Institutional Strengthening. Gaps in the legal and regulatory framework, together with weaknesses in the key agencies, limit the ability to effectively manage the country’s natural resources. The project offers the opportunity to overcome these constraints. Once legislation is passed to establish the new PAWA, the institutional vacuum would be filled for the integrated management of protected areas (both terrestrial and marine) and conservation of wildlife resources. The project would equip the Authority with the resources necessary to effectively administer new and existing laws, to implement sustainable management practices, including establishment of national parks, and to improve the capability for enforcement.
Implementation of Improved Natural Resources Management Practices. To halt and eventually reverse the trend of environmental degradation requires introduction of innovative and socially compatible management practices to accompany the proposed institutional reforms.
Sites Proposed for Protection
Based on the priority for protection assigned by GORTT in the draft protected areas legislation and the Wetlands Policy, six sites were selected for establishment as protected areas through the proposed project, three terrestrial locations to be designated as national parks (Matural and Maracas in Trinididad, Main Ridge in Tobago) and two coastal ecosystems to be designated as managed conservation areas (Nariva and Caroni Swamps in Trinidad), and Speyside in Tobago, to be designated as a marine protected area.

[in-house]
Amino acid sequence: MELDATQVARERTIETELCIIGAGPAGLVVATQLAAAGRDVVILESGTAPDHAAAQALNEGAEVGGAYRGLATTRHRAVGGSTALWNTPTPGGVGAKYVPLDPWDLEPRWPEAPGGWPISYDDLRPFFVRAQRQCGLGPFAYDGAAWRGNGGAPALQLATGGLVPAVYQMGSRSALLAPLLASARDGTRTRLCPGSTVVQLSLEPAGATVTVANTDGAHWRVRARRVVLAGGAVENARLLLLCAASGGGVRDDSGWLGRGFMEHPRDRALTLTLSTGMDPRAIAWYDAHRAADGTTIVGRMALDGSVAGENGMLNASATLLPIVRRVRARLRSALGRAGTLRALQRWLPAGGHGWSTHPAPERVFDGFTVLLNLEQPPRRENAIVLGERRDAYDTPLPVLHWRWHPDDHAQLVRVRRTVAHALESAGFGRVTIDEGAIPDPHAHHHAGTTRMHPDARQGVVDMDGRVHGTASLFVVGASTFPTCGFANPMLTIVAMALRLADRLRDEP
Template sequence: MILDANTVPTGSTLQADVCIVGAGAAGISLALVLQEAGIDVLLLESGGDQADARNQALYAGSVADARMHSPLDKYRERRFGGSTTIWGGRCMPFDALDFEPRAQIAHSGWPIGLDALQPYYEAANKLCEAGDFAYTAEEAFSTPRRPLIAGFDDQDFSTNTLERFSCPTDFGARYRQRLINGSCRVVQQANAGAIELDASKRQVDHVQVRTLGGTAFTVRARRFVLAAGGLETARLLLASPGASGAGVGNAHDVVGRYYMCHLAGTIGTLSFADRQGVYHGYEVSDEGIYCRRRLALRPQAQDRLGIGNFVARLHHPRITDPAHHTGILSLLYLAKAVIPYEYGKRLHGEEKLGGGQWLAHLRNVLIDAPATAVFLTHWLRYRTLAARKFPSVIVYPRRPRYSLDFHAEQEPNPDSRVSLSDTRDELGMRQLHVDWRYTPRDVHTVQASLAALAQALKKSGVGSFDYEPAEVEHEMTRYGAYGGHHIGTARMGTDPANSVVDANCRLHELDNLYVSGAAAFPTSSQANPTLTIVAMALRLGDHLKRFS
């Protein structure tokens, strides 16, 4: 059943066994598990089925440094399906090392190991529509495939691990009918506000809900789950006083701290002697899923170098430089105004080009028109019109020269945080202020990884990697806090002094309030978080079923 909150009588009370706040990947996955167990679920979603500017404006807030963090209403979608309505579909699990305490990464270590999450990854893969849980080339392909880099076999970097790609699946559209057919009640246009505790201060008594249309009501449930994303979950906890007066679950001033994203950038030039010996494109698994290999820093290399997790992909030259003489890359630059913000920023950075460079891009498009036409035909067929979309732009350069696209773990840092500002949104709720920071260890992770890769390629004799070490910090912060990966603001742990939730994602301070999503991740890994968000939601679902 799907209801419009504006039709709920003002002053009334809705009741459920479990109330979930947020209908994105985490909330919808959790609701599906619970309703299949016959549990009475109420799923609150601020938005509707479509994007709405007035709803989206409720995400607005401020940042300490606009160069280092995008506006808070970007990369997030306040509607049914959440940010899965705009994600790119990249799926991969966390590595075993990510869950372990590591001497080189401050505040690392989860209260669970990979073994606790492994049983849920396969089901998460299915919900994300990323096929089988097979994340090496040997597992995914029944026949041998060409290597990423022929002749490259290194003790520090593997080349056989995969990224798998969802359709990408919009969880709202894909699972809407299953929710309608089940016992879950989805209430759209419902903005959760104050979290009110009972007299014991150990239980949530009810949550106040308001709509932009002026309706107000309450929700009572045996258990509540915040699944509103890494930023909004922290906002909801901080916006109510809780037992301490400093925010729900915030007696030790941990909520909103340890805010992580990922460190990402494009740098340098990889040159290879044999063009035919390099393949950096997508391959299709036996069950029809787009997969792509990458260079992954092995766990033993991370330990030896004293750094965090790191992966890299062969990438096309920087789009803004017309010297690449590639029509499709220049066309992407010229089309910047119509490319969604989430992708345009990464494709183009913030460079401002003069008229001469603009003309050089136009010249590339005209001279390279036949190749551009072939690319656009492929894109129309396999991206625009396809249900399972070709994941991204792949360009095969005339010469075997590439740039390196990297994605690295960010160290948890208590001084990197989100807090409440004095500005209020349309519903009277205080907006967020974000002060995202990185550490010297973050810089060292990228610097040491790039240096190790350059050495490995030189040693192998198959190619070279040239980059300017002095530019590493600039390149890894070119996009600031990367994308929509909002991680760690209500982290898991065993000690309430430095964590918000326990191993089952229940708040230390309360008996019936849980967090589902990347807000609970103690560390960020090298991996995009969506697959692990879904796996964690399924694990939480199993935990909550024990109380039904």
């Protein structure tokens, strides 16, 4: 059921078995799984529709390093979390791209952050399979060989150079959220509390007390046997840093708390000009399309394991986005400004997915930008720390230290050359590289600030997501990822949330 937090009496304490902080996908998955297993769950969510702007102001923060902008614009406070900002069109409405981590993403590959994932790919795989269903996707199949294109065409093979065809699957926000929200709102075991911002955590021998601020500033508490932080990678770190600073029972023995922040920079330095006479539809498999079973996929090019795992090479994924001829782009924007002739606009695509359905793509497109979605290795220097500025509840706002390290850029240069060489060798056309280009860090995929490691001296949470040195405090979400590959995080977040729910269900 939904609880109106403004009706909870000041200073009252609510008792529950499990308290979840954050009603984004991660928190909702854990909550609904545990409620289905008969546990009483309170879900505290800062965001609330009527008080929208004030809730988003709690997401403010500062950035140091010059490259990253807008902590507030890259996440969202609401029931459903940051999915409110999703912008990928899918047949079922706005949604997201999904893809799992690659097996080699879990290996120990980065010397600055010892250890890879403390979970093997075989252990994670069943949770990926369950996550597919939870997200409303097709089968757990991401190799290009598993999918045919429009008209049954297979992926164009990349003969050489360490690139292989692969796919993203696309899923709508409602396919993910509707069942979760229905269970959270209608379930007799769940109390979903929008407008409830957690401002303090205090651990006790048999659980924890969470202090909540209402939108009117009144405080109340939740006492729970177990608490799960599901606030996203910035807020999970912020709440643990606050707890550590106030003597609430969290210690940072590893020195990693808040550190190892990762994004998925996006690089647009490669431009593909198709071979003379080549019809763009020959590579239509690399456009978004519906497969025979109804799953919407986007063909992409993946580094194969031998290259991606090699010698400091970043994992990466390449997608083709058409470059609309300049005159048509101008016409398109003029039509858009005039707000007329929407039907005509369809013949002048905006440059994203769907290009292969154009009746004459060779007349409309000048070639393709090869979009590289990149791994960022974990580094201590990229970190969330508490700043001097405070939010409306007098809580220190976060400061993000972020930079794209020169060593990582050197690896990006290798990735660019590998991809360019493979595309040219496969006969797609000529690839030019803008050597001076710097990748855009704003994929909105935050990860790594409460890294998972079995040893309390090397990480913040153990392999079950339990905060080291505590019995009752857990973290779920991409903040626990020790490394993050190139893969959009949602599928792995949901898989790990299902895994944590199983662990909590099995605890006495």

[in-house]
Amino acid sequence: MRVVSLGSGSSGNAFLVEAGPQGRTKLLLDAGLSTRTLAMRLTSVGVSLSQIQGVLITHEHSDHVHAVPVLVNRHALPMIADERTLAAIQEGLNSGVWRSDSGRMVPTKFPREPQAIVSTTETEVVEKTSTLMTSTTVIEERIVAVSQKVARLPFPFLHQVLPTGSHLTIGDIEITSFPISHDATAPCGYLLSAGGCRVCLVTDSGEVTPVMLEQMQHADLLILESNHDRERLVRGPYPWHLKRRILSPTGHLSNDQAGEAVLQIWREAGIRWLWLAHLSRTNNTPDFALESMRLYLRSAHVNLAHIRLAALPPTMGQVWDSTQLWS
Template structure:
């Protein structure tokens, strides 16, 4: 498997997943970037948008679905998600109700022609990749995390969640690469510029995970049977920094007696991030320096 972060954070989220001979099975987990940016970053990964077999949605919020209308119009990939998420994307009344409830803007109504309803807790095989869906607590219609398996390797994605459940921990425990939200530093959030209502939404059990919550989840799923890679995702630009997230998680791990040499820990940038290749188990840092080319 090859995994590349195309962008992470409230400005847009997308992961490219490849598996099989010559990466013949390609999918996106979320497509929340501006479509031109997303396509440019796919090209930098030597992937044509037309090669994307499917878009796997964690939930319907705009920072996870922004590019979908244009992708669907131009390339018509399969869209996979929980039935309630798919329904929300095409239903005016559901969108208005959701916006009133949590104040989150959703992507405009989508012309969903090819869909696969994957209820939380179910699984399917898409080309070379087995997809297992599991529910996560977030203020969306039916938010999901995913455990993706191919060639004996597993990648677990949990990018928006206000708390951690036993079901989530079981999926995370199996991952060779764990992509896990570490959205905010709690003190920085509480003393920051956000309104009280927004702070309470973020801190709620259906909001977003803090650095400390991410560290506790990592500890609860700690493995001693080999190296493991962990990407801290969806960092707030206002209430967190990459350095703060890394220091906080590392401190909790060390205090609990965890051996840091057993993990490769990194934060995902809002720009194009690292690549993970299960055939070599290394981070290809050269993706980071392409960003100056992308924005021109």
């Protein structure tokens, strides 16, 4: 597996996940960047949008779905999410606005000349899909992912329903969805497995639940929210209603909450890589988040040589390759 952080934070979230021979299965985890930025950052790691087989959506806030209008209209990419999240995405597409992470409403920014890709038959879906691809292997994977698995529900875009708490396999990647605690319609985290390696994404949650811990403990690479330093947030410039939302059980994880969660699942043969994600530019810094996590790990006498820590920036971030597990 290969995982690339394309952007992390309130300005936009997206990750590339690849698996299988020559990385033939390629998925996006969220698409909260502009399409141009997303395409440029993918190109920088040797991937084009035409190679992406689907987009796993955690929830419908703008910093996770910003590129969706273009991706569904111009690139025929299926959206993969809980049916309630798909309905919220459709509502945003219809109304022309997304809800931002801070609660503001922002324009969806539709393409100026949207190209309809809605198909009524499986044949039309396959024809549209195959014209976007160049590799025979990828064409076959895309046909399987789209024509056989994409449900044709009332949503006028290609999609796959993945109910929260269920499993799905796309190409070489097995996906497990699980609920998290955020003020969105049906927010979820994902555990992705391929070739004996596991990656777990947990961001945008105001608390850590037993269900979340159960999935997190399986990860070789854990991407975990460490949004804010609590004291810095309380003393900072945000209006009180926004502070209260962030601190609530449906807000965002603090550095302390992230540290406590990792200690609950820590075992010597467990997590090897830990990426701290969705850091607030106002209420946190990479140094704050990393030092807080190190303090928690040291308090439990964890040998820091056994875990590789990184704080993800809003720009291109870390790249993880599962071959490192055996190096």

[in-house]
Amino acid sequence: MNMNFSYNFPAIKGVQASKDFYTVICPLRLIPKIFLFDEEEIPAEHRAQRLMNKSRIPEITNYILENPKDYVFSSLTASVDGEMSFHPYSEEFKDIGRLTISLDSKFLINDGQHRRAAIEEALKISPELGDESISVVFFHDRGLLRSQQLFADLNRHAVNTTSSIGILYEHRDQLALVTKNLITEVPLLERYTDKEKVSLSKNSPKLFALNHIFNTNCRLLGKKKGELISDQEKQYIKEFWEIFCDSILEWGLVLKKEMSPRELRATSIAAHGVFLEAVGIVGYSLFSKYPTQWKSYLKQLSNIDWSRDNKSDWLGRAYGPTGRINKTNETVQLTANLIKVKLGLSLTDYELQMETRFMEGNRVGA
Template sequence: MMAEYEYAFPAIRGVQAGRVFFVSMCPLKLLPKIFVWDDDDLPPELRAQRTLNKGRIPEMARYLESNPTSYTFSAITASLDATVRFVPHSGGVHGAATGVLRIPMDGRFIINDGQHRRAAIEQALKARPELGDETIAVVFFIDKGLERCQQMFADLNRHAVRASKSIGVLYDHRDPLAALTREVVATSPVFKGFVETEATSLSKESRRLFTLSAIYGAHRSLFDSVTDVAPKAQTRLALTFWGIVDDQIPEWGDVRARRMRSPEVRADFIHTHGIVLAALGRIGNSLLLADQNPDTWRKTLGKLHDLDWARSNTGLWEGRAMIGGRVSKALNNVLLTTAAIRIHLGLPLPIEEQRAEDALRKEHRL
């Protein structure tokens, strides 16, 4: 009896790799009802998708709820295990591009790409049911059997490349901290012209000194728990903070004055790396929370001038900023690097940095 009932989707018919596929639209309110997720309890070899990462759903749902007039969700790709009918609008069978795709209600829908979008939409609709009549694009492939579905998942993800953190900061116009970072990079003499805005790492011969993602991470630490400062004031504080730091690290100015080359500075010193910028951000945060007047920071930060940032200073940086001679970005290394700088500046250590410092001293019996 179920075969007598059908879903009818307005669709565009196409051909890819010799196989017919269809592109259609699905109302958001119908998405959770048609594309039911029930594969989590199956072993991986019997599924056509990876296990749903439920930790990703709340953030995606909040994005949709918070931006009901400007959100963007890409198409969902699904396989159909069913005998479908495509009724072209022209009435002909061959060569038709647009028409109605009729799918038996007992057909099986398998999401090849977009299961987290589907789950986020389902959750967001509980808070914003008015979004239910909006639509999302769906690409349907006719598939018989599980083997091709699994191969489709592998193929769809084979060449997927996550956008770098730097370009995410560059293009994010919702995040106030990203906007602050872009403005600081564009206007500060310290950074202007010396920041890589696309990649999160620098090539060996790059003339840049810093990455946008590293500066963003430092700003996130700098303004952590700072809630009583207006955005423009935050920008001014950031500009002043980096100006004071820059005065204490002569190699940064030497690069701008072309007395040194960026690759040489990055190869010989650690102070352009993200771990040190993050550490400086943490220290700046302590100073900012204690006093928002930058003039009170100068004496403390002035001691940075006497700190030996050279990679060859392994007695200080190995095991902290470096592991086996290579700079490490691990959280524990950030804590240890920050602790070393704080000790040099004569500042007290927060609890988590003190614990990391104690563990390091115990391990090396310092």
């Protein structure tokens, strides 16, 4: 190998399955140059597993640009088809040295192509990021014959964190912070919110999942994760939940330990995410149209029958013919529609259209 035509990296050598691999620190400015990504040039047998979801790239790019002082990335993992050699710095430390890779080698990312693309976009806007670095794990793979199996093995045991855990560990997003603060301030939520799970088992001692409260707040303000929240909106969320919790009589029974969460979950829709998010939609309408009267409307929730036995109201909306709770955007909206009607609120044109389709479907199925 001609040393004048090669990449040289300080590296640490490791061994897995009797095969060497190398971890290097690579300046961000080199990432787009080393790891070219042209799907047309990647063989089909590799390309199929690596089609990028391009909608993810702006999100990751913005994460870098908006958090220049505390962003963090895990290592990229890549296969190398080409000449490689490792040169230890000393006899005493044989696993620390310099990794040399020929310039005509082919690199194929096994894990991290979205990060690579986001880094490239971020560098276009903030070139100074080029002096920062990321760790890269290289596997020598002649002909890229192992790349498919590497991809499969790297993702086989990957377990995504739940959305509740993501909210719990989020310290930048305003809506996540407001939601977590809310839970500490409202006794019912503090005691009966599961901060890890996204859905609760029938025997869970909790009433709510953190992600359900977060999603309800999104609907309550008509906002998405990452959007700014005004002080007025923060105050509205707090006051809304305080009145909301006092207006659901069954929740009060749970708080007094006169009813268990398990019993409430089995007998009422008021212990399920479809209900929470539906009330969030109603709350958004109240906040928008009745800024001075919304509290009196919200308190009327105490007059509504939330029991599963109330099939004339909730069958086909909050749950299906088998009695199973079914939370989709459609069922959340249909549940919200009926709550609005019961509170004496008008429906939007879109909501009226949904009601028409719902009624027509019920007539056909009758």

The coastal and marine areas contain biodiversity of significant regional and global importance:
Nariva Swamp covers 6,234 ha comprising distinct zones of swamp forest, palm swamp, herbaceous swamp and mangrove woodland. It supports large numbers of waterfowl and is the main wetland in Trinidad containing the habitats of the endangered West Indian manatee (Trichechus manatus) and anaconda (Eunectes murinus). Other important flora and fauna include palmiste palm (Roystonea oleracea), red-bellied macaw (Ara manilata), cascadura (Hoplosternum littorale) and the conch (Pomacea urceus). A number of species is harvested by local communities for consumption and commercial gain. The blue and yellow macaw (Ara ararauna) is now extirpated from the area as a result of habitat destruction, poaching and unsustainable harvesting of the palmiste palm on which it depended. In addition, stocks of the cascadura and conch are depleted as a result of over harvesting.